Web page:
Muriel O'Gorman can tell you a thing or two about how fragile life can be.
"Hi April, how are you?" Muriel asked.
Muriel is tutoring April Hudson, who had a severe stroke two years ago. The 87-year-old is helping April regain her speech.
"A doe was shot, she was carrying twins," Hudson said.
Doctors didn't expect April to live and for a while, she was on a feeding tube.
"I feel very humble because I know she is trying her best," Muriel said. "I can see in the spark of her eye she is trying."
Muriel feels good about helping April, but for a time last month, their meetings were put on hold for a good reason. Muriel's grandson Quincy went missing New Year's Eve. The 23-year-old was drinking at an Island Pond bar and when police pulled his car over, he fled on foot.
"As the days went by, I had very little hope," Muriel said.
Vermont State Police found Quincy's body days later.
Muriel lights a candle every day for Quincy.
Reporter Joe Carroll: You do this every day?
Muriel O'Gorman: Every day.
Joe Carroll: Why do you do this?
Muriel O'Gorman: Well, it makes me feel peaceful and I feel he's here with us.
Muriel says Quincy was a good kid who had a wild side.
"He lived for today," she said. "Yet he was kind to people."
Muriel raised him after another tragedy struck the family a decade earlier. An accidental fire claimed the life of Muriel's son, Mark, who was Quincy's dad. Quincy had lived part of the time with his mother but spent the majority of his young life with his dad. The death was a shock to the family.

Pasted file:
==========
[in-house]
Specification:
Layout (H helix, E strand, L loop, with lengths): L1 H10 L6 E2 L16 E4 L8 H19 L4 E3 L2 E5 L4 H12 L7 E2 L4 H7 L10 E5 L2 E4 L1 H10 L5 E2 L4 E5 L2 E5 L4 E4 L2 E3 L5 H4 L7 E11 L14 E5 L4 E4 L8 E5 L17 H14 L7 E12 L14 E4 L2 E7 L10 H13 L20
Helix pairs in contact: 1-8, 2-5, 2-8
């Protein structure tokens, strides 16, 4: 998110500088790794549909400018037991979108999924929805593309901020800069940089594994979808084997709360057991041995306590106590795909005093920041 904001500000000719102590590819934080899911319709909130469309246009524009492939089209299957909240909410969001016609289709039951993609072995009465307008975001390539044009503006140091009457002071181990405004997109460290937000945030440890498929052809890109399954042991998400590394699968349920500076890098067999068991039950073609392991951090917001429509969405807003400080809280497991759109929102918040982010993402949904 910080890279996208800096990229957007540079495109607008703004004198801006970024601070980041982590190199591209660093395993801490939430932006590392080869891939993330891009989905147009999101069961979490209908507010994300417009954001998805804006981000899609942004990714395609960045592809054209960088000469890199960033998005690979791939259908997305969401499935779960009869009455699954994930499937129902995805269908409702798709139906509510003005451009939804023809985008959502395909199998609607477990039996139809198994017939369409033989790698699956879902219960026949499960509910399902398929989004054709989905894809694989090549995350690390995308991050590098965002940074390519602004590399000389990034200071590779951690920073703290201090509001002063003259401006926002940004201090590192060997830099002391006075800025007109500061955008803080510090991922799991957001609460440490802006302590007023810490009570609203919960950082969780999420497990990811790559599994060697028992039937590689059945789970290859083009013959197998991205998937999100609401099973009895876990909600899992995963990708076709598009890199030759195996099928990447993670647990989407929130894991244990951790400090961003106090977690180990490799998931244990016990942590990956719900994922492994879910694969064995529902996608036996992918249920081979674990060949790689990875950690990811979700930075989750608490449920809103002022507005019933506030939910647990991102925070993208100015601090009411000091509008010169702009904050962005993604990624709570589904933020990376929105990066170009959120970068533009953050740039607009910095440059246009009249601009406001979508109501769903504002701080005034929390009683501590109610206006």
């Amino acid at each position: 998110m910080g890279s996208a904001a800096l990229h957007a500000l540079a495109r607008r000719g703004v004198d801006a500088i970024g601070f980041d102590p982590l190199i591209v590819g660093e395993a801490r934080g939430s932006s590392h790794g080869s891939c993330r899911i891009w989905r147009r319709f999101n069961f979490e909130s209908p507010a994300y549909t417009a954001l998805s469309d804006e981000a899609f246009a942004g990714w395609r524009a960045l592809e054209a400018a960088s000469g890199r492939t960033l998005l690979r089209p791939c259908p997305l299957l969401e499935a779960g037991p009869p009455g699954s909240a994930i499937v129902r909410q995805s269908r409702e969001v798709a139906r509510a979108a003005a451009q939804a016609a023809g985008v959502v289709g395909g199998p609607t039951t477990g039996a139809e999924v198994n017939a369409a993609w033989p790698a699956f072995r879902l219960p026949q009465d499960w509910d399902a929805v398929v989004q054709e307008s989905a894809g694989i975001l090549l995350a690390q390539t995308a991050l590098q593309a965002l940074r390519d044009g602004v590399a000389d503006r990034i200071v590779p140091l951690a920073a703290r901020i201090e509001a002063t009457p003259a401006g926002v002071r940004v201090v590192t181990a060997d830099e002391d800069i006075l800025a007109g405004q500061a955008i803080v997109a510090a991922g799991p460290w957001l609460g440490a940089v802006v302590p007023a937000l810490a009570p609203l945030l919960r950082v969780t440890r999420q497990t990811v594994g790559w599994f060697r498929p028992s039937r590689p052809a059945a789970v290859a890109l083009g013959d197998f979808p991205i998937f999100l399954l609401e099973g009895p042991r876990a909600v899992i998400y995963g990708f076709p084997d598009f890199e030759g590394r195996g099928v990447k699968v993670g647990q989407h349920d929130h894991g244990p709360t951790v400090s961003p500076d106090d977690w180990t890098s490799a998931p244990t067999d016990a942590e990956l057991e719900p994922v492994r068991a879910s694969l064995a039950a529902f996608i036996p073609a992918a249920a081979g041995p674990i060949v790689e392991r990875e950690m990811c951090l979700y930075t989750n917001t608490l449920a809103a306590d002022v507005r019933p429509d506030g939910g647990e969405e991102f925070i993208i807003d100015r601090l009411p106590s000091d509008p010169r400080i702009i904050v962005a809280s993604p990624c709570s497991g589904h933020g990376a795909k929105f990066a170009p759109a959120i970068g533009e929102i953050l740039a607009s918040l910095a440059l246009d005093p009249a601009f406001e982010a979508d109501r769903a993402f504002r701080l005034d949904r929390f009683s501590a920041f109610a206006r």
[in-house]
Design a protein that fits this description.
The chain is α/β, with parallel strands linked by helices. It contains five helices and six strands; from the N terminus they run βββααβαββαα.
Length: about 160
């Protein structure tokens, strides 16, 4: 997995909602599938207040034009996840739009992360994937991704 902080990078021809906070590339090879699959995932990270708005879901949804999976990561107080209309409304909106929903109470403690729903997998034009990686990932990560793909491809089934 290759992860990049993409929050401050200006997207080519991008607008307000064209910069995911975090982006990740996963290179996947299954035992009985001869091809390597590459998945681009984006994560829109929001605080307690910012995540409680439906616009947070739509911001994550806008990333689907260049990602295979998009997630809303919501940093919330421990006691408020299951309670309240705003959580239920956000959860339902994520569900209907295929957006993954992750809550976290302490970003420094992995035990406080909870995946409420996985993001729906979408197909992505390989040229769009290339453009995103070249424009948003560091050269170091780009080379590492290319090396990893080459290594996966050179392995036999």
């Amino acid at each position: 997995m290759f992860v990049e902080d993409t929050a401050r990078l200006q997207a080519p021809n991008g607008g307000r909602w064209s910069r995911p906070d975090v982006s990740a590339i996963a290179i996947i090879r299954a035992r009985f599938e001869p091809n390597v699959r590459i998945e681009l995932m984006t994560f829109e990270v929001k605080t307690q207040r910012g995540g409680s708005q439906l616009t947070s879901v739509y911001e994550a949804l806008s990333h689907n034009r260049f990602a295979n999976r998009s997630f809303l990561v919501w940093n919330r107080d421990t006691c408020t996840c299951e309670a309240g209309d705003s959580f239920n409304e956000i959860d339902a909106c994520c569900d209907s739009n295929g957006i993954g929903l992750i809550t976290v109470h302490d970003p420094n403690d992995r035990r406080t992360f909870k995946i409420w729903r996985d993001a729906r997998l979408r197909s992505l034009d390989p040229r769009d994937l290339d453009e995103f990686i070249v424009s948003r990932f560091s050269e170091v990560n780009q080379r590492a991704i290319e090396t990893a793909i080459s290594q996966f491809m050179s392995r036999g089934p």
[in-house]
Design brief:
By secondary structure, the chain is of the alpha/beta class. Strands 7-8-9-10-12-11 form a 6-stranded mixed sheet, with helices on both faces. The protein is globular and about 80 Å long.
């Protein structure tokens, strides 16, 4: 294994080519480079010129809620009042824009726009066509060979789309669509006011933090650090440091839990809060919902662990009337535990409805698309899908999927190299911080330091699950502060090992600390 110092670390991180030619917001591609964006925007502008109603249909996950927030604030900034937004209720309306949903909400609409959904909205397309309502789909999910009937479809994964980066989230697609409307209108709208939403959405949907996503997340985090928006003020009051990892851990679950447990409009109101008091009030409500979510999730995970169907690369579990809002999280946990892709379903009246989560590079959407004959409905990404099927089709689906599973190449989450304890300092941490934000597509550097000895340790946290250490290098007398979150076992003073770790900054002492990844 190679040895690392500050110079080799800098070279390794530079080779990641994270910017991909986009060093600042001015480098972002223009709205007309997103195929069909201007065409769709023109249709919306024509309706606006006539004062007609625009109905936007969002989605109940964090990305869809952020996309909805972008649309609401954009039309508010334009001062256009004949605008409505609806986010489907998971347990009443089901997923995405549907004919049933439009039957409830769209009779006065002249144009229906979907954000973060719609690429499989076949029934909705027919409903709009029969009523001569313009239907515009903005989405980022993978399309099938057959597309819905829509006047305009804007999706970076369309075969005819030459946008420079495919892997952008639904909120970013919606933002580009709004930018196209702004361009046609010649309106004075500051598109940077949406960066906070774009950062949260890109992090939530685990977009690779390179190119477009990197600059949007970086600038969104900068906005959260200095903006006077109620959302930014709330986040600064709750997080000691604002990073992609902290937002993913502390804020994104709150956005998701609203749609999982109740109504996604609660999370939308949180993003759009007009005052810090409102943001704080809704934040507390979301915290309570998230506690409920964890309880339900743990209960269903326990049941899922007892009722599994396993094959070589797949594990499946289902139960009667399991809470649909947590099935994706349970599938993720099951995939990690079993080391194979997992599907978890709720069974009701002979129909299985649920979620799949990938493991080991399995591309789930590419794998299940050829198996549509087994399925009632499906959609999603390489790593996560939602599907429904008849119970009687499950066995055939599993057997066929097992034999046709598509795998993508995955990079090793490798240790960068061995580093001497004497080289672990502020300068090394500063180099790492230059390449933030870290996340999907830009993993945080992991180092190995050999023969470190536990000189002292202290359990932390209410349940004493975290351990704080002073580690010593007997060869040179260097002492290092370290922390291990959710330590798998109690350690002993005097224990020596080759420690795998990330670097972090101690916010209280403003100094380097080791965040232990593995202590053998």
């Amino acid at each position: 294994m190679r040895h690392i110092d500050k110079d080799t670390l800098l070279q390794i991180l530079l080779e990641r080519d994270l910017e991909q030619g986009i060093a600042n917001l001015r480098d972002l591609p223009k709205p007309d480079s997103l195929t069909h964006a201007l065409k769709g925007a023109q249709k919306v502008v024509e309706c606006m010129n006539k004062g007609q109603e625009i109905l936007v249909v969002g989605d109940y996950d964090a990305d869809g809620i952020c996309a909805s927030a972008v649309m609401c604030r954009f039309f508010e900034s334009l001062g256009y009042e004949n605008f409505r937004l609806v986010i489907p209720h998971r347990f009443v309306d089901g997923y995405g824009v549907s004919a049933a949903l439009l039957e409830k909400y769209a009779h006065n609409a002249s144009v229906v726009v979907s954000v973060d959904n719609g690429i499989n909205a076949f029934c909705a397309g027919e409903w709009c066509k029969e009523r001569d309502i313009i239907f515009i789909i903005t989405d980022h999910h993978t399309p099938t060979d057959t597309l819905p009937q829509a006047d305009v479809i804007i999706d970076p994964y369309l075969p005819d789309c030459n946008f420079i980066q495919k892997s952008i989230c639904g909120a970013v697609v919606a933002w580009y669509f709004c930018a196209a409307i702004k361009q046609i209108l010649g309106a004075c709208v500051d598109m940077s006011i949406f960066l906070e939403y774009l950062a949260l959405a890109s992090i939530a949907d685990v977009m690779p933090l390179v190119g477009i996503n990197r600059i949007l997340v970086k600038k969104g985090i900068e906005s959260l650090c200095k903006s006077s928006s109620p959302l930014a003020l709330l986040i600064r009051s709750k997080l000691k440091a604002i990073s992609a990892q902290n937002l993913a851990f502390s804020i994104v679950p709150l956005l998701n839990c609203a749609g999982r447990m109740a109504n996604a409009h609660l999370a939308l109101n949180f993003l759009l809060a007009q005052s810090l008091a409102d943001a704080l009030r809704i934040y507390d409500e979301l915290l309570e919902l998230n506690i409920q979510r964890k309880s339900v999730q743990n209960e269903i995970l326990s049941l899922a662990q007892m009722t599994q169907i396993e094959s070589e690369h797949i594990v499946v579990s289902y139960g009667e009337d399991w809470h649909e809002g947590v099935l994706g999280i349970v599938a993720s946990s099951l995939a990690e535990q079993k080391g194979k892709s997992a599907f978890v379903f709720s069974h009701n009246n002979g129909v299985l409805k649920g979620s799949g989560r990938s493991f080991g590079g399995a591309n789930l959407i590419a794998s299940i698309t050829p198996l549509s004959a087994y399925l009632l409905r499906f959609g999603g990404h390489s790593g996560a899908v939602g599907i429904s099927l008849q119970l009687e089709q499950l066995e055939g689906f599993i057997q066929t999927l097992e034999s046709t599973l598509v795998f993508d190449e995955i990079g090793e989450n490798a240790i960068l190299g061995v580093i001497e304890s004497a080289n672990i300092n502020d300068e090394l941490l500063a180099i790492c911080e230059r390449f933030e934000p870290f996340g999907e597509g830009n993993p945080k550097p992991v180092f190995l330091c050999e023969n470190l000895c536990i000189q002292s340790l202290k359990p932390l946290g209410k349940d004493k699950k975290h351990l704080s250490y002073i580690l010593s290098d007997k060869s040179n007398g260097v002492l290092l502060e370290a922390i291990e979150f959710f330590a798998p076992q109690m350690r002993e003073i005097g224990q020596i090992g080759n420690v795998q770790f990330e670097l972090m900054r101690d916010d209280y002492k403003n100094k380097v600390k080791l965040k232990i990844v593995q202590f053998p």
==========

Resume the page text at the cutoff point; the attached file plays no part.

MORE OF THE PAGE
Joe Carroll: How did he deal with that?
Muriel O'Gorman: Not very good.
Suddenly, Muriel had a new responsibility.
"I was his mother, his father, his grandmother and his friend," she said.
Quincy was just 12 and was a handful but Muriel said he had a great heart. Recently, he was starting to settle down and taking classes to be an insurance agent.
Muriel O'Gorman: He was waiting for a job. And two weeks after he died, he was offered a job in Williston.
Joe Carroll: They didn't know?
Muriel O'Gorman: No.
Quincy had a lot of friends. The funeral service was an overflow crowd of friends and family. Muriel wrote a poem for the Island Pond Community.
"Through your hugs and kind words, you can calm our fear on this journey toward tomorrow," she read.
"When people think of Muriel, she's always been a support to people, so it's just natural for people to support her in her time of need," said Melinda Gervais-Lamoreux, a friend.
They say it takes a village to raise a child. In sorrow, it takes all those same people to bring peace.
"We thank you for your love which gives us our inner peace today," Muriel read from her poem.
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